# Thread: Euclid's Lemma Proof by Induction

1. ## Euclid's Lemma Proof by Induction

Hi,

I was hoping you could help me prove Euclid's lemma using induction. I want to show by induction that if a prime p, divides a product of n numbers, then it divides at least one of the numbers.

I've attempted this myself but what I attempted did not make sense to me. I tried taking the approach that if p|a1a2...an then looking at the case n=1 if p|a1 then we're done by hypothesis and that didn't seem right to me because I kept going in a loop. Help!

Hi,

I was hoping you could help me prove Euclid's lemma using induction. I want to show by induction that if a prime p, divides a product of n numbers, then it divides at least one of the numbers.

I've attempted this myself but what I attempted did not make sense to me. I tried taking the approach that if p|a1a2...an then looking at the case n=1 if p|a1 then we're done by hypothesis and that didn't seem right to me because I kept going in a loop. Help!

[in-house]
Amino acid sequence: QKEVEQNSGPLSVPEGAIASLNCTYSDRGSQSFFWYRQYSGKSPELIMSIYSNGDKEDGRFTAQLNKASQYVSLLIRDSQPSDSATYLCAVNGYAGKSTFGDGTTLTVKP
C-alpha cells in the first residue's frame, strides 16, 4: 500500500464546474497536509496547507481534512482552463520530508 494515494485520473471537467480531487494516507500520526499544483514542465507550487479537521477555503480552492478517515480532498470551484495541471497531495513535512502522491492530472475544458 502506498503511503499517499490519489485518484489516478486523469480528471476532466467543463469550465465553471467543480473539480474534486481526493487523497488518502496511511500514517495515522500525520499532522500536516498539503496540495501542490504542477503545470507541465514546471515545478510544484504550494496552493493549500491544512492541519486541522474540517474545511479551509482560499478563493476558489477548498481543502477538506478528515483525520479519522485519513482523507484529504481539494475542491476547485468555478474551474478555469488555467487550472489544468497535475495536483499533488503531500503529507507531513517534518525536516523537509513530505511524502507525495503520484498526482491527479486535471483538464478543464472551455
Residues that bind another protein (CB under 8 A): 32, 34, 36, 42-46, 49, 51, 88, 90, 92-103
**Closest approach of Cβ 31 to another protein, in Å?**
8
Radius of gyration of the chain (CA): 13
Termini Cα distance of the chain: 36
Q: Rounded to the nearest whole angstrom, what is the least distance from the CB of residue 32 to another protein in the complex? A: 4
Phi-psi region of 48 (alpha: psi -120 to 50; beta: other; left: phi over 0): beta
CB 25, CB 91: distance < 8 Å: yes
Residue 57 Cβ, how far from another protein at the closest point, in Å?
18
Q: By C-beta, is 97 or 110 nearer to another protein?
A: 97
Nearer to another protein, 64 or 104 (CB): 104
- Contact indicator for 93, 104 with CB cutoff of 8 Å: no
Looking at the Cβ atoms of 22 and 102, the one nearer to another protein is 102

$P(1): \ p|a \ \text{true}$

$P(k): \ p|(a_1a_2\cdots a_k)$

Assume true for a fixed but arbitrary value k such that $n\leq k$

$P(k+1): \ p|(a_1a_2\cdots a_ka_{k+1})$

By using P(k), prove P(k+1) is true.

3. The main difficulty here is when n = 2. This is where one has to use the fact that p is prime. This has to be proved separately. After that proving it for arbitrary n by induction is pretty simple, as described above.